Metro

Upcoming thaw alongside rain can damage your home. Here’s what to do

As the ice and snow that have accumulated over the past couple of weeks slowly melt, and a deluge of rain approaches, local residents will face a new set of challenges in the coming days.

Boston is likely to get 2 inches to 2 1/2 inches of rain Friday, with isolated higher totals, and more than 3 inches could fall south of the city, according to Bill Simpson, a National Weather Service meteorologist.

The rain will help melt accumulated snow, Simpson said, and could lead to “a lot of poor-drainage urban street flooding.” Area residents should clean street drains if they can, and watch out for clogged drains and deep puddles on roadways, he added.

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Then, he said, the temperature will drop significantly.

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“By Sunday morning, you’ll be into the mid-20s, and even colder for the suburbs,” he said, with temperatures 5 to 10 degees colder than seasonal averages continuing for much of the week.

Pipes now recovering from the long deep-freeze may have further issues as they warm up, portions expand at different rates, and sections that cracked during the frigid cold loosen up. The MBTA and many communities across the region have reported water main breaks and pipes bursting.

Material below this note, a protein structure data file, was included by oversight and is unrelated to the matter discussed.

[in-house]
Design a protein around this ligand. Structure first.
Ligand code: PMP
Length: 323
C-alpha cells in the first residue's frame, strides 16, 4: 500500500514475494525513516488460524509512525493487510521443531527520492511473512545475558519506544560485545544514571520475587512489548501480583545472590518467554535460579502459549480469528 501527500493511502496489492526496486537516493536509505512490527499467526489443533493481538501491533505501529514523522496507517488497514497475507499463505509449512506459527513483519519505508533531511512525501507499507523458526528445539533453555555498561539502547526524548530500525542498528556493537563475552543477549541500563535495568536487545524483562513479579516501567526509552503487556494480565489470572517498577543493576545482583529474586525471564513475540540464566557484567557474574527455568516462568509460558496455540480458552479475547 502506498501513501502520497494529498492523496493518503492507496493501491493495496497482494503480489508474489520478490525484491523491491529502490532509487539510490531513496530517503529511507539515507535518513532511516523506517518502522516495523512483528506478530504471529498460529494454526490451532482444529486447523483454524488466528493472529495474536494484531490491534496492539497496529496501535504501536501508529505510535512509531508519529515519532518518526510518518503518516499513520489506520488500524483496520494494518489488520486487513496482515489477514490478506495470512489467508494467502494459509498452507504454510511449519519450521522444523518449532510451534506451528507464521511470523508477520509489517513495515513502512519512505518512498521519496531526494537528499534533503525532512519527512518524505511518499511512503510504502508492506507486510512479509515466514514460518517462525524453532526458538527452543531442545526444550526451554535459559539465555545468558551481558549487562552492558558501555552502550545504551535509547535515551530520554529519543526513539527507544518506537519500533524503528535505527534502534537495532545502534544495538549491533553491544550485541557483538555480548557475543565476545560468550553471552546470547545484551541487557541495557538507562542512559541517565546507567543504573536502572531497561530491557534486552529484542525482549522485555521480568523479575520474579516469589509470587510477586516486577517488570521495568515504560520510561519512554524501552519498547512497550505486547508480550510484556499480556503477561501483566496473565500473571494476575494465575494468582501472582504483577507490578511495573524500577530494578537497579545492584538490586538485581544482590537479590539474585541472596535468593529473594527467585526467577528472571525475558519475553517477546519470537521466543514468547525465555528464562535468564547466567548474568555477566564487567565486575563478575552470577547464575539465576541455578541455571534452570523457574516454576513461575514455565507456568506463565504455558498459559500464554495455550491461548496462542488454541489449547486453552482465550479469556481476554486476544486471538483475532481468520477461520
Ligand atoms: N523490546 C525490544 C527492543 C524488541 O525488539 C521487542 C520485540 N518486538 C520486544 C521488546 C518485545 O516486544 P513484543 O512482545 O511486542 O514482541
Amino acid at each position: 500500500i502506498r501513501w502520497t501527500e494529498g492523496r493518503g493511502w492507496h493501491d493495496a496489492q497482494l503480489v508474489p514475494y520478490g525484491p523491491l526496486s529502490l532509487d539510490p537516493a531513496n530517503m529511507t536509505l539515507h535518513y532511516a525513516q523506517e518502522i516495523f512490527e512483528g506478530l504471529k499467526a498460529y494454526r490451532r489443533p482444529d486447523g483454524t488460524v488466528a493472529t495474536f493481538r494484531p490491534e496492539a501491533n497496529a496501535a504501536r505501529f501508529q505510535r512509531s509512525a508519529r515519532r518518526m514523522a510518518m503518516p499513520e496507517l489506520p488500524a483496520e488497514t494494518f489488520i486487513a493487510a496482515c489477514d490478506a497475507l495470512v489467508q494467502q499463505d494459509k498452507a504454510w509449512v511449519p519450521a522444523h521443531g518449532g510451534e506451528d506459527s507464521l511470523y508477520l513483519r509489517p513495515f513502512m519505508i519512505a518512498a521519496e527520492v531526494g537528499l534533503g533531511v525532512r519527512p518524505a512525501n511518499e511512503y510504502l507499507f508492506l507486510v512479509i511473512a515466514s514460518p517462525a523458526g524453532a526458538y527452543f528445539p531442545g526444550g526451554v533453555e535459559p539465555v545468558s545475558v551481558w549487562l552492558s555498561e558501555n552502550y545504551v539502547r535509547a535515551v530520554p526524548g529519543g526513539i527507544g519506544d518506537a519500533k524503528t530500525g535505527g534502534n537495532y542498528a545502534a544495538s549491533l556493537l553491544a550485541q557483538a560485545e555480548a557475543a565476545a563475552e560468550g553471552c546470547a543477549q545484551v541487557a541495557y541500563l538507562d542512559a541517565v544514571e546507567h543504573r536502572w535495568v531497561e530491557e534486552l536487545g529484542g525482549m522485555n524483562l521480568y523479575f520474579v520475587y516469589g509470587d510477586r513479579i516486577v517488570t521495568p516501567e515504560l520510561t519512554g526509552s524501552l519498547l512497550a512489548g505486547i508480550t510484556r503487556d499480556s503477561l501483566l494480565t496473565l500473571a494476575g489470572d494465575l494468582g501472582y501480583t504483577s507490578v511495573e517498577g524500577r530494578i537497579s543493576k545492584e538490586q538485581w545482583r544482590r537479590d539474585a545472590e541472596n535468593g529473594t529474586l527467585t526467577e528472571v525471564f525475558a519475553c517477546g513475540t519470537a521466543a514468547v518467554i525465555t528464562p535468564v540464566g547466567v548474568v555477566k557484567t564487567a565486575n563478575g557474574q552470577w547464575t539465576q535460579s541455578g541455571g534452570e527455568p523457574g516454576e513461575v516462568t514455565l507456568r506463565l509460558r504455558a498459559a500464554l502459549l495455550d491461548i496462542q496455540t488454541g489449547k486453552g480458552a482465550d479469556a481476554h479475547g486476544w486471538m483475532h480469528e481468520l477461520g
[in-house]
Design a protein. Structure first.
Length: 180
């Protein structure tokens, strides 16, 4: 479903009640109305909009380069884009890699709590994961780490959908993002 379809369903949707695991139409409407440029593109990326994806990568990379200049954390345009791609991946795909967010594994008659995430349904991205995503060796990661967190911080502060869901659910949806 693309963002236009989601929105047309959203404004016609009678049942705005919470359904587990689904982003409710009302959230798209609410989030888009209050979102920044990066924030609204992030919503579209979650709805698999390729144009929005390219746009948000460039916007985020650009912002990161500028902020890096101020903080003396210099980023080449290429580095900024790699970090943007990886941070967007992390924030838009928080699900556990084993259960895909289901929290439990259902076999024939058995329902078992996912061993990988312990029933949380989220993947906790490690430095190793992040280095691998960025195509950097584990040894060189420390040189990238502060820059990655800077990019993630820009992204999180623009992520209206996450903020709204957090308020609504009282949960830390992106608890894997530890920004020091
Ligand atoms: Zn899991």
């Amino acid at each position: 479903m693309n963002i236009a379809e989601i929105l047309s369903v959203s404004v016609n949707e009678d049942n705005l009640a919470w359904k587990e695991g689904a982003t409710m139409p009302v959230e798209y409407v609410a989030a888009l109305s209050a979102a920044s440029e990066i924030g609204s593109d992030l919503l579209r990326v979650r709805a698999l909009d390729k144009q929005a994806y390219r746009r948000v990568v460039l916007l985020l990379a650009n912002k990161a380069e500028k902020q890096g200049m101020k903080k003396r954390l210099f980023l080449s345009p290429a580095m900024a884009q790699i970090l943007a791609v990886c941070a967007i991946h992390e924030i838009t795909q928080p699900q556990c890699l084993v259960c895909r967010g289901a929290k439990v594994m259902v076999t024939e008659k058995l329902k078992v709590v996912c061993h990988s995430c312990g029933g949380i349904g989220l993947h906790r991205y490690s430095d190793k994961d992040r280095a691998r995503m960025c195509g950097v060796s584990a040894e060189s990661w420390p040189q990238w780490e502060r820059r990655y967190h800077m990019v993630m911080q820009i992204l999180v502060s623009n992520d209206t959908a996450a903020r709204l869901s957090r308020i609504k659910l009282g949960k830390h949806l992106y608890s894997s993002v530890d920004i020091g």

If it happens in your home, try to shut off the flow of water at its source as quickly as possible, then call a plumber. If there is no water flowing into the home or there appears to be any issue outside the structure, the Boston Water and Sewer Commission has a 24-hour emergency hotline at 617-989-7000.

The Department of Fire Services encourages residents to dig out fire hydrants — if they can do so safely — any time they are shoveling sidewalks, driveways, or other areas. The Water and Sewer Commission encourages Boston residents to enter their address on its hydrant and catch basin locator map and find the one nearest them to make sure it is clear.

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“Clear catch basins help prevent local flooding during wet weather,” said Nicole Kieser, a commission spokeswoman, in an e-mail.

Residents also can help municipal workers clear crosswalks and wheelchair ramps, Mayor Martin J. Walsh said Wednesday morning on WBZ NewsRadio 1030.

“We do have machinery going out every day, clearing handicap ramps as best we can,” Walsh said in the radio appearance. “But if you could clear the crosswalks on your street or your corner, that would be helpful.”

Walsh also reminded city dwellers that the 48-hour rule was in effect for parking space savers, giving residents two full days after the end of a snow emergency to use an object to save a space. The 48 hours was up at 5 p.m. Sunday, so trash crews are picking up any remaining space savers, the mayor said.

Jeremy C. Fox can be reached at jeremy.fox@globe.com. Follow him on Twitter @jeremycfox.